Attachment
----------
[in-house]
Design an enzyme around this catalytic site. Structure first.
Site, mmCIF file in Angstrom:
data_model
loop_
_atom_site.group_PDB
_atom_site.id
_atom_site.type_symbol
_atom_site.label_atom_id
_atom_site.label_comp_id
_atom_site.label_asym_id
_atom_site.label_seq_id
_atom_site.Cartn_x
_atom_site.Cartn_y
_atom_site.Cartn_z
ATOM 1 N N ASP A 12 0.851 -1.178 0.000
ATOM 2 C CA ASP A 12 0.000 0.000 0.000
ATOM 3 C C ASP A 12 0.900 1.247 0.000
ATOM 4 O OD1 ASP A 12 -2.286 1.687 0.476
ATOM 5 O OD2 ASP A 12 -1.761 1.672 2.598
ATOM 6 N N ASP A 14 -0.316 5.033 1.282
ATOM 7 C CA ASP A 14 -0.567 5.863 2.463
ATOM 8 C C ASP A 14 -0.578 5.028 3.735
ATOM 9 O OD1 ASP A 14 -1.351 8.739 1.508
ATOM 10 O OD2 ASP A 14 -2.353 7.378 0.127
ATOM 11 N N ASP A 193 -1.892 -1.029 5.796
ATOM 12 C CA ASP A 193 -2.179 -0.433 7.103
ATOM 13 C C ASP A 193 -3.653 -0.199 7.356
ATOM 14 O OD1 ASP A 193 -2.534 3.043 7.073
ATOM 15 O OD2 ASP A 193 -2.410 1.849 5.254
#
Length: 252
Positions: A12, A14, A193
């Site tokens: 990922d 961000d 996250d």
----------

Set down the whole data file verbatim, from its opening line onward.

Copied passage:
[in-house]
Design an enzyme around this catalytic site. Structure first.
Site, mmCIF file in Angstrom:
data_model
loop_
_atom_site.group_PDB
_atom_site.id
_atom_site.type_symbol
_atom_site.label_atom_id
_atom_site.label_comp_id
_atom_site.label_asym_id
_atom_site.label_seq_id
_atom_site.Cartn_x
_atom_site.Cartn_y
_atom_site.Cartn_z
ATOM 1 N N ASP A 12 0.851 -1.178 0.000
ATOM 2 C CA ASP A 12 0.000 0.000 0.000
ATOM 3 C C ASP A 12 0.900 1.247 0.000
ATOM 4 O OD1 ASP A 12 -2.286 1.687 0.476
ATOM 5 O OD2 ASP A 12 -1.761 1.672 2.598
ATOM 6 N N ASP A 14 -0.316 5.033 1.282
ATOM 7 C CA ASP A 14 -0.567 5.863 2.463
ATOM 8 C C ASP A 14 -0.578 5.028 3.735
ATOM 9 O OD1 ASP A 14 -1.351 8.739 1.508
ATOM 10 O OD2 ASP A 14 -2.353 7.378 0.127
ATOM 11 N N ASP A 193 -1.892 -1.029 5.796
ATOM 12 C CA ASP A 193 -2.179 -0.433 7.103
ATOM 13 C C ASP A 193 -3.653 -0.199 7.356
ATOM 14 O OD1 ASP A 193 -2.534 3.043 7.073
ATOM 15 O OD2 ASP A 193 -2.410 1.849 5.254
#
Length: 252
Positions: A12, A14, A193
């Site tokens: 990922d 961000d 996250d």